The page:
Pathology service first raised doubt in 1985: Bone cancer surgeons felt they were getting nowhere with complaints about Dr Carol Starkie's diagnoses, report Judy Jones and Celia Hall

BONE CANCER specialists in Birmingham first noticed delays in getting their patients' results back from Dr Carol Starkie's laboratory at Selly Oak Hospital as long ago as 1985.

Four years later, it was well-known on the medical grapevine, locally and nationally, that the pathology service run by Dr Starkie was 'second-rate', according to the evidence submitted by surgeons at the Royal Orthopaedic Hospital to the independent inquiry that reported yesterday.

In their report, leaked yesterday to the media, they suggest they were getting nowhere with their complaints about the 'significant difficulties' they were having in getting correct and early diagnoses from Dr Starkie.

With the support of the South Birmingham health authority, the bone cancer surgeons put in a bid to the Department of Health for it to fund the appointment of a new and 'fully committed pathologist'. In March this year, the department turned down the bid saying this was 'an issue for local management to resolve'.

On 20 May this year, four days before the blunders first came to light, Robert Grimer, one of the surgeons, met Dr Gillian Todd, the chief executive of South Birmingham acute services. He told her of the 'increasingly embarrassing situation' that Dr Starkie's perceived failures were causing. The surgeons' evidence continued: 'Dr Todd put her hands over her ears and said: 'I don't want to hear any more. I know all about your problems with bone tumour pathology and I am dealing with it'.'

According to the surgeons' evidence, Dr Todd had first been made aware of the 'indifferent' pathology service Dr Starkie was providing two years earlier. Dr Todd had then pointed out that one of the problems was that Dr Starkie's post was funded partly by the NHS, and partly by the University of Birmingham.

But the surgeons were already taking matters into their own hands. They were regularly requesting second opinions on Dr Starkie's diagnoses from Robin Reid, senior lecturer in pathology at the University of Glasgow and a leading authority on bone tumour pathology.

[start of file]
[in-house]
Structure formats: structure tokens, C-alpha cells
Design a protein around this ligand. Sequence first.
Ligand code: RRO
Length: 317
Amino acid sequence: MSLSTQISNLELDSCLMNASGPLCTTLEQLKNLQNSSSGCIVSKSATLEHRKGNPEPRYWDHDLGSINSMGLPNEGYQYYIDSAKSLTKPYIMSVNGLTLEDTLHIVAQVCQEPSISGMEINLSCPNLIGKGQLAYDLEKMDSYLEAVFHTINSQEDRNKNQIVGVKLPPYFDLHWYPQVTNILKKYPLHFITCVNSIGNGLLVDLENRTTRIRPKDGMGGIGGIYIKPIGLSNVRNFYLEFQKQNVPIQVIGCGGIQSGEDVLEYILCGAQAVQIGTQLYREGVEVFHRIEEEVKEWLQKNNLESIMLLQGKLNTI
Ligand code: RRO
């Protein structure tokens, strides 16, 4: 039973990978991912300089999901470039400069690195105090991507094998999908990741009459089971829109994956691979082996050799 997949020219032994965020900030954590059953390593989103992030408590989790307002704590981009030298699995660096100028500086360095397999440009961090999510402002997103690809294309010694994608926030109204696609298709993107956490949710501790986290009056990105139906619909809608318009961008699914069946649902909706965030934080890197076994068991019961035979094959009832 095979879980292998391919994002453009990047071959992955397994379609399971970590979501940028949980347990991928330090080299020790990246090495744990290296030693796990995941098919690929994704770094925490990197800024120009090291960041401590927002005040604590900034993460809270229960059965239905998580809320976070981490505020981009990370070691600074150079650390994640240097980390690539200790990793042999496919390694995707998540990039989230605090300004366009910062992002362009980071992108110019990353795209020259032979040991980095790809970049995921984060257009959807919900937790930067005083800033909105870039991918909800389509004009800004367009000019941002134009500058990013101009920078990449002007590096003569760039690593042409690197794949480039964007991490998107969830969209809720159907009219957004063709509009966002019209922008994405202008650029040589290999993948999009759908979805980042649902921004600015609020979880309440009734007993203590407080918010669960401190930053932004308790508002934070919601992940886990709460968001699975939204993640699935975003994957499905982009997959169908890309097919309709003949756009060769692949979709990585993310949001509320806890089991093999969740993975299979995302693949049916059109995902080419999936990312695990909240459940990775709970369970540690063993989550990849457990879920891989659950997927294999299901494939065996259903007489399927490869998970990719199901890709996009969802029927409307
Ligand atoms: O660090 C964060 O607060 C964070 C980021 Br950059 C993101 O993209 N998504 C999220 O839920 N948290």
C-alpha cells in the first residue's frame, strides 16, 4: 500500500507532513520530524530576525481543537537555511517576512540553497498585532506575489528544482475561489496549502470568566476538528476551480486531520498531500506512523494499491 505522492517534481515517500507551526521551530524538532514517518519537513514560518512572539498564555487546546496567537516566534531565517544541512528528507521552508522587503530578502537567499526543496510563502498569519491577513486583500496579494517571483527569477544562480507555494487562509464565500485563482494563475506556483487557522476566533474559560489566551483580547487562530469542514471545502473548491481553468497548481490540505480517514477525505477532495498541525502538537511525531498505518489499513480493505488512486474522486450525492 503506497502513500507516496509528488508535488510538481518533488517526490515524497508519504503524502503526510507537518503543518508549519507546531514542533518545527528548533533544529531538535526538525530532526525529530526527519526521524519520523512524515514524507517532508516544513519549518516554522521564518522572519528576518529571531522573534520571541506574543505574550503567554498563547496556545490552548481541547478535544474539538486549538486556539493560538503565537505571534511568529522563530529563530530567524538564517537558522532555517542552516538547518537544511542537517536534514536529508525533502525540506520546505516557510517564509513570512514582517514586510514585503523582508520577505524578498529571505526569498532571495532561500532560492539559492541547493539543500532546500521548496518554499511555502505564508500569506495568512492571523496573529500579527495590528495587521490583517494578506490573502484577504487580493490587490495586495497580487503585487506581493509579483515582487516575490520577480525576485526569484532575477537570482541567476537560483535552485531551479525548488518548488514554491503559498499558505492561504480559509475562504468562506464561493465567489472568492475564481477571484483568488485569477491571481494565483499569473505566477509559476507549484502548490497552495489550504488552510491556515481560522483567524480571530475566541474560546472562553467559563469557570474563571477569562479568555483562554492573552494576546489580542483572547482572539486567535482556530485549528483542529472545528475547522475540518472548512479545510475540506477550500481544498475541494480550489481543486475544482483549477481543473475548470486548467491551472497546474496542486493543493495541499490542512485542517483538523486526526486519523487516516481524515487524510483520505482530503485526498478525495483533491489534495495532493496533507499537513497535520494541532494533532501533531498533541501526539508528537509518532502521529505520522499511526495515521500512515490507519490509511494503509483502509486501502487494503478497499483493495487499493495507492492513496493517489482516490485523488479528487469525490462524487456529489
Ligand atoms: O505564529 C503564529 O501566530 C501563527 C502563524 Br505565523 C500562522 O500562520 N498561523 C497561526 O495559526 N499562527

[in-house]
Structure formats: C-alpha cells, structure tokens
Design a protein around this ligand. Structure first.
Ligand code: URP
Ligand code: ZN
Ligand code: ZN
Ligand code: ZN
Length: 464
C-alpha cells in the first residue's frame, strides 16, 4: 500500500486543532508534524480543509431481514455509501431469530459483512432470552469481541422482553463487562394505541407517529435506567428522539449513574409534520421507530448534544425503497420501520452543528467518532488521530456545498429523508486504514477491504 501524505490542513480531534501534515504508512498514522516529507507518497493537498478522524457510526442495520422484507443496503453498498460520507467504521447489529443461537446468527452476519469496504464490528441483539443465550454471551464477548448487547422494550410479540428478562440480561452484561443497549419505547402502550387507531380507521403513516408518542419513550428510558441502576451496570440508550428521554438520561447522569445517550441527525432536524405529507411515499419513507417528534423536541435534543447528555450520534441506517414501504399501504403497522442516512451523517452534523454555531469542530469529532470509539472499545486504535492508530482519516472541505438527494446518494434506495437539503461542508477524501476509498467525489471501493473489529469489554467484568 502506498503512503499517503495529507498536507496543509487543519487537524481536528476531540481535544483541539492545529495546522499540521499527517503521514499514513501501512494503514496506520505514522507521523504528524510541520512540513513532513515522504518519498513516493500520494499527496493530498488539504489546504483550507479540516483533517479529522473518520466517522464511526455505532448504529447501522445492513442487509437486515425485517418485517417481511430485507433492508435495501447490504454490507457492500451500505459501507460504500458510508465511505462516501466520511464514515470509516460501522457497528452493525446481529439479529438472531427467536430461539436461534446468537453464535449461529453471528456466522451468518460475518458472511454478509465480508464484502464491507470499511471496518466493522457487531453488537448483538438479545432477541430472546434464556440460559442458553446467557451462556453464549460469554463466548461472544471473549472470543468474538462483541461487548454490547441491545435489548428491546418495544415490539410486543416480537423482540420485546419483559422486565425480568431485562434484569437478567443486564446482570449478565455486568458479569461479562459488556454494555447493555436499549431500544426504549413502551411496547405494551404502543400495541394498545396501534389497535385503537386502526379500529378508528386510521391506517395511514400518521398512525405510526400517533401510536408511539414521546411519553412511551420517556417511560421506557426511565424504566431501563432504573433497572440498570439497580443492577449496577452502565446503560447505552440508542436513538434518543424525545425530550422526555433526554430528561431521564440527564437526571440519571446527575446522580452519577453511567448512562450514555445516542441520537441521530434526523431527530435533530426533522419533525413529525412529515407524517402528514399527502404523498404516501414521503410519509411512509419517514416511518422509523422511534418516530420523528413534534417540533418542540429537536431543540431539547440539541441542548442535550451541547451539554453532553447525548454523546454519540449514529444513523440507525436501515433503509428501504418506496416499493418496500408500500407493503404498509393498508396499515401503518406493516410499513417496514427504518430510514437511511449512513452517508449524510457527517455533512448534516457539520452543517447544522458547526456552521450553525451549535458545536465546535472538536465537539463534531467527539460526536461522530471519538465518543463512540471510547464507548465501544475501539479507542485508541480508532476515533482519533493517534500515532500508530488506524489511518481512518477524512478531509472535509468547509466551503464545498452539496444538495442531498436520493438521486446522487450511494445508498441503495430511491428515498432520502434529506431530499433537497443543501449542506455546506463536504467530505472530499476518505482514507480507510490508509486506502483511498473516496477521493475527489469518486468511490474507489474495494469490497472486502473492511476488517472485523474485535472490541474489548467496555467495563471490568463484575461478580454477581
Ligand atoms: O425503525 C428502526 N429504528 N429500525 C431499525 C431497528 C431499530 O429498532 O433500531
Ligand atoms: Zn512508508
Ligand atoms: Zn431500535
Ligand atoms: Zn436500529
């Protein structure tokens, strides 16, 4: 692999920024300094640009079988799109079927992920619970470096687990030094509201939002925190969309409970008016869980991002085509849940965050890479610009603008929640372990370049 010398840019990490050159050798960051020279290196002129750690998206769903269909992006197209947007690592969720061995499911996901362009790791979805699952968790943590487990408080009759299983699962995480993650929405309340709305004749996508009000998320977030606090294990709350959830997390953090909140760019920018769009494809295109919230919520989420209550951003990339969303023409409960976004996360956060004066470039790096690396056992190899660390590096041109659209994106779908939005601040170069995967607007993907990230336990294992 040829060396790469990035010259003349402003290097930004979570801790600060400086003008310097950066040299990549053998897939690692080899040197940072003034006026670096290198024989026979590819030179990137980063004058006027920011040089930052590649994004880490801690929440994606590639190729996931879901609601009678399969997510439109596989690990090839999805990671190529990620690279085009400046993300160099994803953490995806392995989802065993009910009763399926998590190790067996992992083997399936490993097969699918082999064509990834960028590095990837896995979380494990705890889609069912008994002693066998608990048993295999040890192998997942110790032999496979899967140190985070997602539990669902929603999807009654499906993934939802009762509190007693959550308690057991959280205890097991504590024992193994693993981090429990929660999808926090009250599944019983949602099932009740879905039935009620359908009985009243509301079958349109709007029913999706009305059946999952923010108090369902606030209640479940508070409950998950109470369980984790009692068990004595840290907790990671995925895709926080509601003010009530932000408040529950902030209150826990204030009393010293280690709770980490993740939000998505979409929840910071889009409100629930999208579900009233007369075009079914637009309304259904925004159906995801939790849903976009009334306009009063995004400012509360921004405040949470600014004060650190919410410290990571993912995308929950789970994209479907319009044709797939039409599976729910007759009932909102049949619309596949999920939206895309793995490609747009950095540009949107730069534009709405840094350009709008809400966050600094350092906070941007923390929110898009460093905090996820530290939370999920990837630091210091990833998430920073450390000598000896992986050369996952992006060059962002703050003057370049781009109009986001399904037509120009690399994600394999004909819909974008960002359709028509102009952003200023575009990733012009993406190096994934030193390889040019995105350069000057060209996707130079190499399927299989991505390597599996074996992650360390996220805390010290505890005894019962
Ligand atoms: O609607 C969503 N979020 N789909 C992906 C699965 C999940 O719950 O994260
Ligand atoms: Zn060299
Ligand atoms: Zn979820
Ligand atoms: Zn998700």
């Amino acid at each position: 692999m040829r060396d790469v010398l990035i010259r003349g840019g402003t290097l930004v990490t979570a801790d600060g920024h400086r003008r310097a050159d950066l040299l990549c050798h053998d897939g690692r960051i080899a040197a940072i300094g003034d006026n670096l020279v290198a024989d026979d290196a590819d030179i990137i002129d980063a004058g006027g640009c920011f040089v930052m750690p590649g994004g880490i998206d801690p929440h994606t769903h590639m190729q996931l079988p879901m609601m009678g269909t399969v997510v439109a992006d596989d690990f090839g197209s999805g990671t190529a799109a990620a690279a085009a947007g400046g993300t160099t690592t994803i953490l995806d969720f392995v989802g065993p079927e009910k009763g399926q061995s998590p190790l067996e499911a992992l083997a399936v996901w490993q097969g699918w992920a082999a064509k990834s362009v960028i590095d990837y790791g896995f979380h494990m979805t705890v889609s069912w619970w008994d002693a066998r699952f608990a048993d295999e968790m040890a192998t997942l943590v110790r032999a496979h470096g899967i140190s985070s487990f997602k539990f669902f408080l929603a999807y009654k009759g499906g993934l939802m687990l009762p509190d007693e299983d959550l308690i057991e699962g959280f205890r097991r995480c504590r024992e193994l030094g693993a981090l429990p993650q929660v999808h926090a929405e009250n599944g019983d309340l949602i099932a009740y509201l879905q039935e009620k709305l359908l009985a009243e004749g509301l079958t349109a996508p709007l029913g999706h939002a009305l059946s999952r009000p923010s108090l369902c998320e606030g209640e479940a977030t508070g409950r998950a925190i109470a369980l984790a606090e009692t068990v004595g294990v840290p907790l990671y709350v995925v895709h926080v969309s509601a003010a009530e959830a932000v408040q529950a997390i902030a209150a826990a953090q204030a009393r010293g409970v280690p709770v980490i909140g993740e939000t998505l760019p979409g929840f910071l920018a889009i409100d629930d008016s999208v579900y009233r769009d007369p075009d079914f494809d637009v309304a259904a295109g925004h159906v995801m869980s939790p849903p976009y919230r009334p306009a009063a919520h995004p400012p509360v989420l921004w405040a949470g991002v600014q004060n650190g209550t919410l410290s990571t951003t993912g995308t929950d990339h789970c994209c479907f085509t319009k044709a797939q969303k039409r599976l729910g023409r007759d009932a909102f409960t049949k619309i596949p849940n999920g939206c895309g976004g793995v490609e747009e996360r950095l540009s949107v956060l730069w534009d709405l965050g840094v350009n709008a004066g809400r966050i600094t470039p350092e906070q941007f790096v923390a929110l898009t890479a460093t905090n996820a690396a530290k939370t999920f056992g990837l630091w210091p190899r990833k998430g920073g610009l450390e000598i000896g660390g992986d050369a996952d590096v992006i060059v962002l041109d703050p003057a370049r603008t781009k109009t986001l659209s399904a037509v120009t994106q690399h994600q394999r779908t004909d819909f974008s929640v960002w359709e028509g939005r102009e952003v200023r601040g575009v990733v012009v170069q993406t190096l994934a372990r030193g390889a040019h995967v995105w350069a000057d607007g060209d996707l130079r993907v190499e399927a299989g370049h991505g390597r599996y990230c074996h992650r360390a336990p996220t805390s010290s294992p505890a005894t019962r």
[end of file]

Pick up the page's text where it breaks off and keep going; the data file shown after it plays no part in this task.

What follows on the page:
They felt they received a much more reliable service from Dr Reid. Tests tended to come back more quickly from Glasgow than from Dr Starkie, who was based just two miles away from the orthopaedic centre.

The interim report of the Government-commissioned inquiry, chaired by Archie Malcolm, consultant pathologist at the Royal Victoria Infirmary, Newcastle, showed the bone tumour pathology service at Selly Oak was a shambles, and that there were no systems for rectifying the problem.

It suggested the service was dogged by protracted in-fighting between medical and other health service professionals, and a deliberate closing of ranks by doctors to marginalise management. It seemed that a 'dogmatic and sometimes confrontational approach' by the pathologist in question prevented proper discussion with the surgeons who sent her samples. 'There was also resistance by the pathologist to sending material for a second pathology opinion.'

The inquiry reported that although the surgeons had, over the past three years, many undocumented conversations with managers and colleagues about the poor pathology service, there was no evidence they raised questions about accuracy. They were too afraid of disclosing their concerns in case managers left them with no pathology service at all - which was the last thing they wanted.

The management structure of the bone tumour service at the Royal Orthopaedic was also ill-defined. 'Since 1990 it is unclear as to who officially took the lead role in management. The surgeons dealt directly with the Department of Health, without involving senior managers. The inquiry identified recent fragile relationships and poor communication between senior management and the consultant staff in the bone tumour unit.'

Clinicians were unaware of complaints procedures in relation to the work of medical colleagues. There was no guidance about the reporting of suspicious incidents, or advice about appropriate investigative action.

Perhaps the most damning revelation in the report concerned the cavalier attitude of surgical staff towards patients at the sharp end of Dr Starkie's misdiagnoses. 'The surgeons were aware of a significant number of patients who had been misdiagnosed as early as May 1992, but did not think the service was dangerous. They suggested that South Birmingham had over-reacted by calling an inquiry, and that problems could be dealt with by talking to patients and relatives, as had happened in the past.'

While the inquiry applauded the innovative operative procedures pioneered by the bone tumour unit at the Royal Orthopaedic, citing its 'well- deserved international reputation', its surgeons may have become blinkered to several aspects of patient care and safety, the report states.

Poor communication between the management and the unit, and the professional isolation of the doctors from other health staff, also contributed to the catalogue of failures that snowballed into a scandal.

Dr Starkie was responsible for an 'unacceptably high level of misdiagnoses', the report states. The inquiry was unable to establish whether her physical health - she suffered from multiple sclerosis - contributed to her record of blunders.